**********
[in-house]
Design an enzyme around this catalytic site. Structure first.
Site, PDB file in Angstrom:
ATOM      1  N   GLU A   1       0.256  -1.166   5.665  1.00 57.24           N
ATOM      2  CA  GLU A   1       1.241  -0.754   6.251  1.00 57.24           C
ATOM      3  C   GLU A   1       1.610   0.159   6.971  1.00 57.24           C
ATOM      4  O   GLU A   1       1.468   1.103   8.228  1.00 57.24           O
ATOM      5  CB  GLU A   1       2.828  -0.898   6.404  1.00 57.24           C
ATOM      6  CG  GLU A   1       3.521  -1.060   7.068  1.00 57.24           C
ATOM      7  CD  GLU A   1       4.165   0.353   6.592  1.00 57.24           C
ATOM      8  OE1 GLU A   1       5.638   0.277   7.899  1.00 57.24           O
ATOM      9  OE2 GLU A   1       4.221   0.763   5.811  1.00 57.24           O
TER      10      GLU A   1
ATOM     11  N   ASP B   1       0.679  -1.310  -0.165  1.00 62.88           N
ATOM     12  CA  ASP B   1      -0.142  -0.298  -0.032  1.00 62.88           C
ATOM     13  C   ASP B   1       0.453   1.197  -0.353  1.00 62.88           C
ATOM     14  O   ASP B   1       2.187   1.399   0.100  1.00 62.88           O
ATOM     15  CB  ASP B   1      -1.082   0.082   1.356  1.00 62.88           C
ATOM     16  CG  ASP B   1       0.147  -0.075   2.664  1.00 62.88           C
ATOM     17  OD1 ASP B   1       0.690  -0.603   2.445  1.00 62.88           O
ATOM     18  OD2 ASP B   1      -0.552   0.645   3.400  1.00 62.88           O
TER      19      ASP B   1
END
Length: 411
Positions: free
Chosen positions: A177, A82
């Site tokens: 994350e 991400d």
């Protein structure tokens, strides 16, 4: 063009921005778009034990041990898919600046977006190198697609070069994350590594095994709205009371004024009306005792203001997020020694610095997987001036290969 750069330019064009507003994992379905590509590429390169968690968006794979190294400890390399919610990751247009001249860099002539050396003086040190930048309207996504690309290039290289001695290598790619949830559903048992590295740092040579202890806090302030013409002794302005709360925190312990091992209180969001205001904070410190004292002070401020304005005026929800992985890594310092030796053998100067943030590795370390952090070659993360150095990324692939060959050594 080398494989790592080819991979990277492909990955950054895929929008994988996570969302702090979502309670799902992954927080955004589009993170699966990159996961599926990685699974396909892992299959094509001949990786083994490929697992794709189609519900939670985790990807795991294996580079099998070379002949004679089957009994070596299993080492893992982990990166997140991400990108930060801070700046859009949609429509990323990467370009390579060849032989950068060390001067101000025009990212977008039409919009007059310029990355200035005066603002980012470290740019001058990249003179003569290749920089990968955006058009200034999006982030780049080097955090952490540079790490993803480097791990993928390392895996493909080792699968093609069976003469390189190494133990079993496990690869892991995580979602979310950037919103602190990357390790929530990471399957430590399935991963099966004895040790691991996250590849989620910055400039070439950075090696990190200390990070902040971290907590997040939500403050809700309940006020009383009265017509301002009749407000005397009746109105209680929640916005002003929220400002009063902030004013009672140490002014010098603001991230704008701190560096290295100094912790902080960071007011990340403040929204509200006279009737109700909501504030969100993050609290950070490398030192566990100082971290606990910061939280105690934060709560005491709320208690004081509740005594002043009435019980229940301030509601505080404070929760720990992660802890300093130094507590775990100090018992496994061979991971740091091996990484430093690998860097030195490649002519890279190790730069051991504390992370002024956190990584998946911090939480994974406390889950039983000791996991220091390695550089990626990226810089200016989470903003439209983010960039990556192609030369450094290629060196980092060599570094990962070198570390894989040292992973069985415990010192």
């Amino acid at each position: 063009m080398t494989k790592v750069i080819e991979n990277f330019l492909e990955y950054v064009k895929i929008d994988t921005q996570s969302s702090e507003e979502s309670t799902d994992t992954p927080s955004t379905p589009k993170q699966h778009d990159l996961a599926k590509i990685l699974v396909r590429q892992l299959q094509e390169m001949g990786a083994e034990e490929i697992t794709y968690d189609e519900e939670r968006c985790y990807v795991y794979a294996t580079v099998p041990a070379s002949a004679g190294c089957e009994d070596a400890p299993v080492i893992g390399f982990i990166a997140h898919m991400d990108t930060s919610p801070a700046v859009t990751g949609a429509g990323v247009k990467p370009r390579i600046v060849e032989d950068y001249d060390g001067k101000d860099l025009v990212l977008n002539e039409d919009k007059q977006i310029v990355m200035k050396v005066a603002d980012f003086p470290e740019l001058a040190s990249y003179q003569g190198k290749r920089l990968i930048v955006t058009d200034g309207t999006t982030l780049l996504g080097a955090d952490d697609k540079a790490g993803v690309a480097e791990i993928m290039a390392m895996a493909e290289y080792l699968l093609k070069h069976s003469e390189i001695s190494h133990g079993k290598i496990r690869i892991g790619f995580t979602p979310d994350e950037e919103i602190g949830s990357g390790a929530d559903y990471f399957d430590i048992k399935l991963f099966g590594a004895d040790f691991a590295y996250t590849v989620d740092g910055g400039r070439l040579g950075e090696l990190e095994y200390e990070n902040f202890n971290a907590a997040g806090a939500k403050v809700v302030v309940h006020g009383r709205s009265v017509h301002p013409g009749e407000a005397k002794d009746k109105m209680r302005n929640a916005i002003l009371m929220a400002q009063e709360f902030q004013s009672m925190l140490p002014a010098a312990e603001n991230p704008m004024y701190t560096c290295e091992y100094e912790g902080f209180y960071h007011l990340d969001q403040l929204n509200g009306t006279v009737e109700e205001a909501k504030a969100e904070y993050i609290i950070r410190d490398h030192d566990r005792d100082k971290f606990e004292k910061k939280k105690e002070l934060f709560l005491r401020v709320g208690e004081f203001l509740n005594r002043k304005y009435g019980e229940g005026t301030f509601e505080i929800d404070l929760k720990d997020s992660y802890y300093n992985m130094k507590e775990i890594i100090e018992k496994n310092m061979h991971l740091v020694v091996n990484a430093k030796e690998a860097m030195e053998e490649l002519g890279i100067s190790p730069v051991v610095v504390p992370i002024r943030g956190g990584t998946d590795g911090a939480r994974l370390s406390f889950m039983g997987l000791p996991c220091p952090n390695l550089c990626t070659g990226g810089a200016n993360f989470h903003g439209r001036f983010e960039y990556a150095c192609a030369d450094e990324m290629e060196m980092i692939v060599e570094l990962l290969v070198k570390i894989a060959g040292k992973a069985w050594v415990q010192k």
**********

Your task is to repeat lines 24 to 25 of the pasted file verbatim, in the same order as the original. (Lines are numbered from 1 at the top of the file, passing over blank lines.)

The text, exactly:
Length: 411
Positions: free